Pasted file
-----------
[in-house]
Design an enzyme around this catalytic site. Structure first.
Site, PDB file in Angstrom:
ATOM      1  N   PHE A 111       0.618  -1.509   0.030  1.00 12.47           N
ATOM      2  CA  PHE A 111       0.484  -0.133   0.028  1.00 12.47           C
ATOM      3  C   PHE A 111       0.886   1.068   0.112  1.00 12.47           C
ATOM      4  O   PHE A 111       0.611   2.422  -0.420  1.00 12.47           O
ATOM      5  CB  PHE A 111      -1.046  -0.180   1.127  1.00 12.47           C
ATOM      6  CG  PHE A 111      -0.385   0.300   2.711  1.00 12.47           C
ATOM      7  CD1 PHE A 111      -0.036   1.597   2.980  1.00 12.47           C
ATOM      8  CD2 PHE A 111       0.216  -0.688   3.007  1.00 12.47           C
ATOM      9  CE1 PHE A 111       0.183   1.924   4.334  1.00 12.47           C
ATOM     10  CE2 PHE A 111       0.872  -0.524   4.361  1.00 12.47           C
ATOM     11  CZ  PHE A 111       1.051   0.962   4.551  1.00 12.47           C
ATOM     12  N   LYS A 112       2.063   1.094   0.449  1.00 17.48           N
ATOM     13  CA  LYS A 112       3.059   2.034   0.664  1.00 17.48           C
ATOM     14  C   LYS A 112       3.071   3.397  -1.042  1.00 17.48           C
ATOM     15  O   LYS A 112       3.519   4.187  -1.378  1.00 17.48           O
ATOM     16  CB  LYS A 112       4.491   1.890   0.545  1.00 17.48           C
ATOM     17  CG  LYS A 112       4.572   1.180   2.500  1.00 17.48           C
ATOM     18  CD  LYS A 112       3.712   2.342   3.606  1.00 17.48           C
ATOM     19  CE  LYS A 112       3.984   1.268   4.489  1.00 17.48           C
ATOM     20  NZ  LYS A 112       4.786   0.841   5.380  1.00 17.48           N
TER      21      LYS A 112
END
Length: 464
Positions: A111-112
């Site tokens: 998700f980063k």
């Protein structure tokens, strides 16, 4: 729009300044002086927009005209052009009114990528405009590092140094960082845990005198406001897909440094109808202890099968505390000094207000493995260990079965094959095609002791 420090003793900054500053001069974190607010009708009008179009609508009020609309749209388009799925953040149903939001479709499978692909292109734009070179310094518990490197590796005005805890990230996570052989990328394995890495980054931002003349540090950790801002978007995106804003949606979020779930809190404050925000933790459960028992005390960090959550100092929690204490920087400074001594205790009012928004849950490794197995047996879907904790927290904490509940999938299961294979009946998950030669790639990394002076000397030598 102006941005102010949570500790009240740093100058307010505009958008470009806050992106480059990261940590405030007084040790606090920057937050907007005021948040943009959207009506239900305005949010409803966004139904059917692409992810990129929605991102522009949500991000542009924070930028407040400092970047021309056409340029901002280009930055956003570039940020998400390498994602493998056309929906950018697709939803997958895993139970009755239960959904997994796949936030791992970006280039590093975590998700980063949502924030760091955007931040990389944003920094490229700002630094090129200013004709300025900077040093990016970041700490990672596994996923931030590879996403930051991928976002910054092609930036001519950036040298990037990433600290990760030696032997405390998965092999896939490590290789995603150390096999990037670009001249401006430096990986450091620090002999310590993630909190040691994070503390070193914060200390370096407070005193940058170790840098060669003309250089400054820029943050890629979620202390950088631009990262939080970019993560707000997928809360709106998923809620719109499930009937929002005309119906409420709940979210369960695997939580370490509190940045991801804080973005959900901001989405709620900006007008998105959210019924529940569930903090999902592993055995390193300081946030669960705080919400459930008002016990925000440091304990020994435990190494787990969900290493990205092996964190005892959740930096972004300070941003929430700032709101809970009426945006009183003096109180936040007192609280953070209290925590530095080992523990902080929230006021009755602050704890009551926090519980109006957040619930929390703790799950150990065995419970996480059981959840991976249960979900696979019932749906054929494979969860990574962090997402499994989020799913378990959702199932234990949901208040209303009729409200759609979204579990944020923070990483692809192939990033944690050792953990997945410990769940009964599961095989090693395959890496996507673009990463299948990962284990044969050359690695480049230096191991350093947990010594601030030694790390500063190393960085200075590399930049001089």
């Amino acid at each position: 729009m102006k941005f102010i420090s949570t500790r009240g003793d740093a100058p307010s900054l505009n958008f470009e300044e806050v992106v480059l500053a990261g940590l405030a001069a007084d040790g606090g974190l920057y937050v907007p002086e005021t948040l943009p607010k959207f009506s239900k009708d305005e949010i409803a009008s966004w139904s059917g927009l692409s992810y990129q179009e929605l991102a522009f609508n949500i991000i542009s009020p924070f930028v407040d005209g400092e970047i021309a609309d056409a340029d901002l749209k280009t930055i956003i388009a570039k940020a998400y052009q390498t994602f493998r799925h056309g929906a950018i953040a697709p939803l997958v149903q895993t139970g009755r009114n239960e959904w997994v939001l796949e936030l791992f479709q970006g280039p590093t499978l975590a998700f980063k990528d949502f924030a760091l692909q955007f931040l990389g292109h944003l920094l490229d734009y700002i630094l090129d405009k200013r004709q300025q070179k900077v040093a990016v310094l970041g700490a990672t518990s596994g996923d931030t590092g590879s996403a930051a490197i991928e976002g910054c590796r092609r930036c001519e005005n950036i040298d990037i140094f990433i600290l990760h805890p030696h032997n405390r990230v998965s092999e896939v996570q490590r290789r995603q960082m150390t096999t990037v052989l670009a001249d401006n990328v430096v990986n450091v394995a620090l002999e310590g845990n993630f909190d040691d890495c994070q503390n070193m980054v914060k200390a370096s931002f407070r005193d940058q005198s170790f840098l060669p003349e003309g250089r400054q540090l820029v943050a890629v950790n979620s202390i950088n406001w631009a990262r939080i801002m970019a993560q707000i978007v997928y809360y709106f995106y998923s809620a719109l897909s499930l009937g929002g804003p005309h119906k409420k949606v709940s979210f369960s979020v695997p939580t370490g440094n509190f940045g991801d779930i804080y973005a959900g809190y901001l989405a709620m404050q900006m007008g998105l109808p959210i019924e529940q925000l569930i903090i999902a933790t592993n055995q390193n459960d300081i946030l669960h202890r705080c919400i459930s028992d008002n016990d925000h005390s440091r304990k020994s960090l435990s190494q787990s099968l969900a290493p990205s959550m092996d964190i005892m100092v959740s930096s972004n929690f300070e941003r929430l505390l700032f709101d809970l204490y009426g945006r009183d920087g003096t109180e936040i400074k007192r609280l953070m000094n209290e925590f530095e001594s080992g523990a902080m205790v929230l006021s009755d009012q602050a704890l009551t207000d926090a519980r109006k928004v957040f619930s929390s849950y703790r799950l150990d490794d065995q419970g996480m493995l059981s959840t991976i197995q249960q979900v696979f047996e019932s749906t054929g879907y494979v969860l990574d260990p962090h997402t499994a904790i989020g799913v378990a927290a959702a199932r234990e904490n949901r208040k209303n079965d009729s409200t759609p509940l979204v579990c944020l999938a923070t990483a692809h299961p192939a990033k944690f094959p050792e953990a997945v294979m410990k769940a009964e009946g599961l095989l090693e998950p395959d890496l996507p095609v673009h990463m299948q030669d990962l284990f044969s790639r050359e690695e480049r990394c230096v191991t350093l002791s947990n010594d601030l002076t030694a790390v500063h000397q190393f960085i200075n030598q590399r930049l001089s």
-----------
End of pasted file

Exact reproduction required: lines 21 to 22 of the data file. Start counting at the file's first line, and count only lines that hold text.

ATOM     18  CD  LYS A 112       3.712   2.342   3.606  1.00 17.48           C
ATOM     19  CE  LYS A 112       3.984   1.268   4.489  1.00 17.48           C